Preventing Buffer Overflow
The most common bug in Internet programs involves buffers. Internet programs must be prepared to accept input of any length; the mistake that programmers commonly make is to assume that the input has a maximum length and then write it into a fixed-length buffer when the input exceeds that maximum length. Even this can be stopped automatically if your compiler inserts code into the executable to make sure that the buffer (array) boundaries aren't crossed. However, in C, the traditional Internet programming language, array boundaries aren't checked.
A cracker can exploit this problem by overwriting the buffer. The excess input then can overwrite the program that exists beyond the end of the buffer. By this overwriting, the cracker then can have the target system execute his own code. The hard part of this attack for the cracker is that he must change his attack for every different type of machine, if not every version of a particular operating system.
To prevent this problem, you must make sure that your buffers don't overflow under any circumstance. The first solution is to always dynamically allocate your buffers as needed. Some languages (for example, Perl) can automatically do this for you. Another approach is to look at the size of the input; if it's too long, you treat it as an error or you truncate it. Each of these methods works if implemented correctly, but you need to decide which is the best method for your application.
Preventing Shell Command Attacks
Another common mistake is to allow a cracker to send commands to a shell. This problem occurs when the program accepts some input and then uses it in a shell command without performing adequate checking. On UNIX, it's absolutely critical to eliminate some special characters, such as backticks (`) and quotes ("). The characters in UNIX that are safe to pass to a shell are all alphanumeric: underscore (_), minus (-), plus (+), space, tab, forward slash (/), at (@), and percent (%). For DOS and other systems, a different set of characters might be valid. In the CGI section of this chapter, I come back to this security problem and explain some ways to solve it for CGI programs.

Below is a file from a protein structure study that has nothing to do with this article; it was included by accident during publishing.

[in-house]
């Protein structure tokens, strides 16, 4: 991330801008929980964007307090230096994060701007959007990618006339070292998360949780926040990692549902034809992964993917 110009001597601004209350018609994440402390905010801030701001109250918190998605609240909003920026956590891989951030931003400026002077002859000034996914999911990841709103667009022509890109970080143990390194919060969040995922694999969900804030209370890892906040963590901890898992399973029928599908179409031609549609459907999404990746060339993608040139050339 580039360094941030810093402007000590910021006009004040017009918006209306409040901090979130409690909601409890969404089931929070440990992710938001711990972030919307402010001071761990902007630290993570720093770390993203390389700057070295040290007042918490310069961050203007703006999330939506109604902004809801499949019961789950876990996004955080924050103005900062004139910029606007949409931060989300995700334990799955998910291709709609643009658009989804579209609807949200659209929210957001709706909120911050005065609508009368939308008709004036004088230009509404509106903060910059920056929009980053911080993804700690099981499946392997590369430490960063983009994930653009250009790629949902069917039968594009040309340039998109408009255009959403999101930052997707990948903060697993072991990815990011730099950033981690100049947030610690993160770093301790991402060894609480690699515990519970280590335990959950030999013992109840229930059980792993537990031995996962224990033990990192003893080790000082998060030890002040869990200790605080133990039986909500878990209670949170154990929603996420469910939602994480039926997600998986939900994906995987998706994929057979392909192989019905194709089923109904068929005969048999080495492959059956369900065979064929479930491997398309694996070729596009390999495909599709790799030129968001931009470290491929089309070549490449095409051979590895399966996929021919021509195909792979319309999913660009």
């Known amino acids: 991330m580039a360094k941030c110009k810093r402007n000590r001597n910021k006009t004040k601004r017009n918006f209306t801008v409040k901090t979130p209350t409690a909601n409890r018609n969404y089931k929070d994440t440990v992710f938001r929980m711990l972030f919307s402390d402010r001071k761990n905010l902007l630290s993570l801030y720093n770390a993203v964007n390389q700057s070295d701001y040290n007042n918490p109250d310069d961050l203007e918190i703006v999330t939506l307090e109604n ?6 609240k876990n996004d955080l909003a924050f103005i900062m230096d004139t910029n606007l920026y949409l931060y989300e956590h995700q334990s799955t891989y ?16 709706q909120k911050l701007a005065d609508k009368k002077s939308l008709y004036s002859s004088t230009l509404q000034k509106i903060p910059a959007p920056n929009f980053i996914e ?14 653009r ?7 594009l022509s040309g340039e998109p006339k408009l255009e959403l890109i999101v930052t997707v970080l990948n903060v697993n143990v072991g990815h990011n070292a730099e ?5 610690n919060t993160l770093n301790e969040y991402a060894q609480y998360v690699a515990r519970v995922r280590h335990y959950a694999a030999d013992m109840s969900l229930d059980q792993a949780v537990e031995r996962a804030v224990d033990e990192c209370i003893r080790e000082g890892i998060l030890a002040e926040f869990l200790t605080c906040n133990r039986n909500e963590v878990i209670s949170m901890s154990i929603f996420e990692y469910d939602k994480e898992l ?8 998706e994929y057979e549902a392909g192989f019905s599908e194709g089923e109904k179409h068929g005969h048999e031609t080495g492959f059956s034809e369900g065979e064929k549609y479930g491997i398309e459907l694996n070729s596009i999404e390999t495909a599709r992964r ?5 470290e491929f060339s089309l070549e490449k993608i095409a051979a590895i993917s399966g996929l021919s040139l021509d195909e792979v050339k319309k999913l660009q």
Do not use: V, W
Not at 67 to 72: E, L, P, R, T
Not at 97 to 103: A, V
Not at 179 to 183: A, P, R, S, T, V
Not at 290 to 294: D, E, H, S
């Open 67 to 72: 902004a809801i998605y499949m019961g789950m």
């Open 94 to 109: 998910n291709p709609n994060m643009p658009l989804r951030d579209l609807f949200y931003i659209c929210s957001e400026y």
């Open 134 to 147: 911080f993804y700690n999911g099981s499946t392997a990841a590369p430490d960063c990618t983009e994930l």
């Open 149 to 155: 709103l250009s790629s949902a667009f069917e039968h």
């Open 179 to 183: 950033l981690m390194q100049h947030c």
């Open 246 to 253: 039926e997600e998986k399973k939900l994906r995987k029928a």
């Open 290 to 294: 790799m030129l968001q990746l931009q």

Changing the Root Directory
One way to minimize all Internet security programming problems is to use a chrooted environment on a UNIX system to run the server program. If you are not on UNIX, this method is not possible and you might want to go on to the next section. The name comes from the chroot (change root) command in UNIX, which changes the root directory for the program. Setting up this kind of environment correctly is somewhat troublesome, but the security benefits can be huge if security is critical for your program. If a cracker does break through your program's security, he will be in a "rubber room" environment on your system-without access to the real operating system files or anything else you don't want to expose. This isolation will enormously reduce his ability to cause damage.
If your program works with confidential or sensitive information, it's critical that your Internet programs can keep that information out of the hands of people who shouldn't see it. Beyond your program's security, you need to protect the data from access outside of your program. For example, you might have a program that receives credit card numbers. If a cracker breaks into your system and becomes root, he then can look at the file where you have stored the credit card numbers. A solution to this problem is to keep all this data encrypted whenever you store it. (Before you ignore this occurrence as being unlikely, you should know that it has already happened to a major Internet service provider.)